At the same time, both the United States and Russia’s major Western European partners searched for a mechanism whereby Russia could be reassured by giving Moscow a substantive role in Western security matters without somehow involving an actual veto over decisions that would be seen by the new NATO members as compromising their security. Two attempts—the creation of the Permanent Joint Council in 1997 and its replacement, the NATO-Russia Council (established 2002)—both foundered on the irreconcilability of a “voice but no veto” for Moscow, which meant that Russia’s concerns and objections to NATO policy would never carry the day.
All of these solutions could only work if Russia was sufficiently weak not to register major objections, remained dependent on Western goodwill for economic aid and assistance, and lacked adequate power projection capabilities. But Russia’s economic recovery during the 2000s generated an extensive military reform and rearmament program. This, coupled with a sharp shift in the Putin administration’s thinking about the likelihood of a substantive security partnership with Europe and the United States, increasingly made Moscow much less willing to accept a Western agenda for continued NATO enlargement, while giving the Kremlin greater abilities to raise costs and risks—thus striking at one of the essential compromises that had permitted the first rounds of NATO expansion to move forward. As Russia began to draw its “red lines” against further expansion, European and Eurasian states, worried about being left on the wrong side of any new dividing lines, rushed to secure commitments for their own membership in NATO. Legacy NATO members such as France or Germany continued to support the admission of those new members who filled in “blank spots” in the Balkans (such as Croatia or Montenegro), but began to balk at plans to proffer membership action plans for former Soviet republics. Russia moved to adopt a strategy of more overt political interference and even stirring up conflict in places like Georgia (in 2008) or Ukraine (in 2014) both to make their possible candidacies less attractive but also to expose the hollowness of Western promises to future aspirants. In addition, Russia is probing the strength and depth of NATO commitments, which has had the unexpected consequence of strengthening alliance solidarity but also exposing the fragility of alliance cohesion.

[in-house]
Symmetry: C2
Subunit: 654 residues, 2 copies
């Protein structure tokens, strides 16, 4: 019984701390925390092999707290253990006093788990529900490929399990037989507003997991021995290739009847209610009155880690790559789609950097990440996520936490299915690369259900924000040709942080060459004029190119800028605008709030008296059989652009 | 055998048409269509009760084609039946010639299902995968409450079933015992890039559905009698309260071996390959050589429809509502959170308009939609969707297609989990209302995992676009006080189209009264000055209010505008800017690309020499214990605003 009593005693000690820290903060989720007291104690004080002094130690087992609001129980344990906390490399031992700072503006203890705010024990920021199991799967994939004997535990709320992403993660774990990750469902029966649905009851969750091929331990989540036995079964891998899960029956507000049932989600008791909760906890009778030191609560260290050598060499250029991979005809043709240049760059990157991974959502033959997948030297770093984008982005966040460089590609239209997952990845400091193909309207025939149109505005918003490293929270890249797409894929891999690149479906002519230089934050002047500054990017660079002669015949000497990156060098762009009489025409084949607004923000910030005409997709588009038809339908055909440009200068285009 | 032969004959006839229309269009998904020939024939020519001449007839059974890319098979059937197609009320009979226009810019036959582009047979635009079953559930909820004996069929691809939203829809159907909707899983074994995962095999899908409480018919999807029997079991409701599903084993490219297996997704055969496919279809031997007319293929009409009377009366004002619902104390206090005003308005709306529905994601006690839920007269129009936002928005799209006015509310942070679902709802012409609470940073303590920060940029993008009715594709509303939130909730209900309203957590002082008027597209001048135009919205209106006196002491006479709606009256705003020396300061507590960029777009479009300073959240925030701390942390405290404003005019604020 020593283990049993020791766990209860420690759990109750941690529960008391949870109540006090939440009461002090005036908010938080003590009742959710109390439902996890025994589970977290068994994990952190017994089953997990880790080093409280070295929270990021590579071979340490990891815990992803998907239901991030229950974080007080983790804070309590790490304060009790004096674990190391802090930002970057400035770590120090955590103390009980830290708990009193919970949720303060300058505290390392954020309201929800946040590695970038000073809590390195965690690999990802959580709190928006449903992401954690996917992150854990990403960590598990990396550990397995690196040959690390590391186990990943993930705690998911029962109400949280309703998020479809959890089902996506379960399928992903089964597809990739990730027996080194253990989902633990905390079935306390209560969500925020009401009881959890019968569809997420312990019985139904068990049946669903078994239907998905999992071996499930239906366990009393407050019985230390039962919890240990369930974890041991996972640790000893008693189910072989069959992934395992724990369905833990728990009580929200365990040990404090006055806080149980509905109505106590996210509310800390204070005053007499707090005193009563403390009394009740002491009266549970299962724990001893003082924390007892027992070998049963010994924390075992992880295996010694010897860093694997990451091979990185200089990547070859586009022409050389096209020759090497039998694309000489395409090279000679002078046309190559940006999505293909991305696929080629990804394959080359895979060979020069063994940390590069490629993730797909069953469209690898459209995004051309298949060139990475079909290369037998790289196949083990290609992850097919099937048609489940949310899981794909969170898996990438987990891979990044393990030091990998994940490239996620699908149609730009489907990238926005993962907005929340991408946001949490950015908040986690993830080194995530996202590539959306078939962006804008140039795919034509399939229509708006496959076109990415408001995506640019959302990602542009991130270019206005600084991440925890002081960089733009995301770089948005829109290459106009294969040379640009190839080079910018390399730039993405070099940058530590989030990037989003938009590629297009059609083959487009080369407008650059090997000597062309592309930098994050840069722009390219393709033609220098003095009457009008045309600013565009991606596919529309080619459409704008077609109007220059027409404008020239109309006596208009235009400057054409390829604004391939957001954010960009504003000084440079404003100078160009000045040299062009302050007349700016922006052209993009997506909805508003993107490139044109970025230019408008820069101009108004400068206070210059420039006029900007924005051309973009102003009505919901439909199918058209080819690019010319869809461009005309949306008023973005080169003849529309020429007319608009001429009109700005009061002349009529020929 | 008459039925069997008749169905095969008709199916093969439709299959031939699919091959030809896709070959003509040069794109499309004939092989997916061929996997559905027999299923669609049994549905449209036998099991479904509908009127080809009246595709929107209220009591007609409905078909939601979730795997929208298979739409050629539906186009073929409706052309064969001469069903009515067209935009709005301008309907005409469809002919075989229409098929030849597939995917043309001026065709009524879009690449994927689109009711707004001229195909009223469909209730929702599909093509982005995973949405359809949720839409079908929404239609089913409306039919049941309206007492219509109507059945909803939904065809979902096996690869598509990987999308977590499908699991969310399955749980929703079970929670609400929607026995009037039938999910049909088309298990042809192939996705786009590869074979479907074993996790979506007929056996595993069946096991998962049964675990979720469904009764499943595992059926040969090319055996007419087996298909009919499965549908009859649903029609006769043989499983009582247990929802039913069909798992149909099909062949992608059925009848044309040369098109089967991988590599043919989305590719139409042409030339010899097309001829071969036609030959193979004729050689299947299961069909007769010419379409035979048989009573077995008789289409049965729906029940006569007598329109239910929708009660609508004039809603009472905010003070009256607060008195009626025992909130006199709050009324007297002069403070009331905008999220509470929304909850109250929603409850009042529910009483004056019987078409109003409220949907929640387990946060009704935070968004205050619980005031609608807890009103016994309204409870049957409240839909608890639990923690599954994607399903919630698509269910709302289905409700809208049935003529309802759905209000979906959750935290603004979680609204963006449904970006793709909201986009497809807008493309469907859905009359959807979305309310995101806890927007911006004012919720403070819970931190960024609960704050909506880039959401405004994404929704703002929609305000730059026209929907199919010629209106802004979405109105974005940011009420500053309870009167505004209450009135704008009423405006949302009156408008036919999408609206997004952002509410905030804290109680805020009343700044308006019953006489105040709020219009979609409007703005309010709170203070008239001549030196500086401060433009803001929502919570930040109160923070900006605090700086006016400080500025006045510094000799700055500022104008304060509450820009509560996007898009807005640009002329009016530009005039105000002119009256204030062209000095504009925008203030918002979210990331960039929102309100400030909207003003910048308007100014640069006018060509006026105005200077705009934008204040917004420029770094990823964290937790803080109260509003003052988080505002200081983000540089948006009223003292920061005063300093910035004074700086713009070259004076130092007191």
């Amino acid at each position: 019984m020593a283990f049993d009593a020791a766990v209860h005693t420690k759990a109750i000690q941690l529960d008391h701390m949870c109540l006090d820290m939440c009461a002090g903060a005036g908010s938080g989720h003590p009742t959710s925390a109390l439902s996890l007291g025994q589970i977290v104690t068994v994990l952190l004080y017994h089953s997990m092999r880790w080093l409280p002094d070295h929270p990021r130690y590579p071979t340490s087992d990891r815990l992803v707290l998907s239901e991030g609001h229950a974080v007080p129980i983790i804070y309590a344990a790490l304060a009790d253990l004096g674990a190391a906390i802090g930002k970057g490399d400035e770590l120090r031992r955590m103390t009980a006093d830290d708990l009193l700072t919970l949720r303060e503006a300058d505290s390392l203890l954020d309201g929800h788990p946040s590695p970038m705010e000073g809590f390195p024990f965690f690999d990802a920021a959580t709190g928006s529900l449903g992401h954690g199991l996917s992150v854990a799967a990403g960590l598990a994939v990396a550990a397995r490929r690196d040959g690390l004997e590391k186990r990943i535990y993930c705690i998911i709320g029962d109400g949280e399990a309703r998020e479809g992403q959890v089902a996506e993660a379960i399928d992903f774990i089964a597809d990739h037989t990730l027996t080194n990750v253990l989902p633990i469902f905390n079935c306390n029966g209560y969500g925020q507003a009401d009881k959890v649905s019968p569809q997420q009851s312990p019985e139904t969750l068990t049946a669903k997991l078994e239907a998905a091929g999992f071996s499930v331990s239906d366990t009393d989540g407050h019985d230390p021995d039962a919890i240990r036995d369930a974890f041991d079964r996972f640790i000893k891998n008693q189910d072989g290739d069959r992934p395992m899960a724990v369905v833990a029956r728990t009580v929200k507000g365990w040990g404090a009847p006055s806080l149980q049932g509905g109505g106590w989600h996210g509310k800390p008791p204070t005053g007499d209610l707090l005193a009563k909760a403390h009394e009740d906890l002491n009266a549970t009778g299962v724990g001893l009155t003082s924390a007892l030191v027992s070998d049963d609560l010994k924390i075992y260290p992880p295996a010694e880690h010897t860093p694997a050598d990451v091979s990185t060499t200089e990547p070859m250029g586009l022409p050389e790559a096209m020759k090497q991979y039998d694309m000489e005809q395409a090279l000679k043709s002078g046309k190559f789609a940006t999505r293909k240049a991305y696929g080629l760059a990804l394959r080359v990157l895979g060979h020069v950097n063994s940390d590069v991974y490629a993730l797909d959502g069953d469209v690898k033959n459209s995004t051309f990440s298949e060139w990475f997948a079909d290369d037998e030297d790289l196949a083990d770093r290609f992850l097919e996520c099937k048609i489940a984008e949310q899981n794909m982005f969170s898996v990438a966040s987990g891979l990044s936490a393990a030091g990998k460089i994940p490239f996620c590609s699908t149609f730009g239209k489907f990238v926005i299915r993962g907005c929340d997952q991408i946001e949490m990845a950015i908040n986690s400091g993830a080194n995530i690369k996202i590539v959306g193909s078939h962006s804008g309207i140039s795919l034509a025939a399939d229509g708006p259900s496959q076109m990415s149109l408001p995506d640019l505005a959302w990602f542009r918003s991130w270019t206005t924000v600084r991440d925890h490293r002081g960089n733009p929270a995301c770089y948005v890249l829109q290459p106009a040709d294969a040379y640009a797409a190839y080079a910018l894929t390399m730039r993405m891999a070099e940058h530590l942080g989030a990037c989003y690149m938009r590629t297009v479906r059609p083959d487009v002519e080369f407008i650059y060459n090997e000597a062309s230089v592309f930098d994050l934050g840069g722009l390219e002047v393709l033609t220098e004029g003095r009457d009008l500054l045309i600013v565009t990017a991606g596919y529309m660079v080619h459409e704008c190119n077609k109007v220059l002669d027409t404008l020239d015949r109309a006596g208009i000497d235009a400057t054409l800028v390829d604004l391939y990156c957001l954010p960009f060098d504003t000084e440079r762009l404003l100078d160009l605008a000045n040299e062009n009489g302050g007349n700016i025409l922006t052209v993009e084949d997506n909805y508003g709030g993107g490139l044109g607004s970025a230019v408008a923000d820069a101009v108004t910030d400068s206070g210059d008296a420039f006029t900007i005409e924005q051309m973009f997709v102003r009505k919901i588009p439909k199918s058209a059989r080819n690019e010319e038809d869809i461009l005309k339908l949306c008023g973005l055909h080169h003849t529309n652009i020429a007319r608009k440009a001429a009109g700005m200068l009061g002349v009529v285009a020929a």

THE UNITED States has always complained that European allies should be spending more on defense. During the Cold War, these jeremiads were kept in check by the reality and immanence of the Soviet threat. After the Soviet collapse in 1991, most NATO countries slashed defense spending.
Collapsing defense budgets in Western Europe thus produced a perverse situation in which expanding NATO simultaneously expanded the American share of NATO’s spending—in contrast to the implicit promises to American taxpayers that enlarging the alliance would expand the number of bill-payers for European security. While some newer members of the alliance may have been prepared to spend a higher portion of their gdp on defense, the smaller size of their economies did not, in absolute terms, reduce the size of the U.S. contribution. Today, the United States covers some 70 percent of NATO’s costs even though the economies of the EU members in NATO collectively is larger than America’s.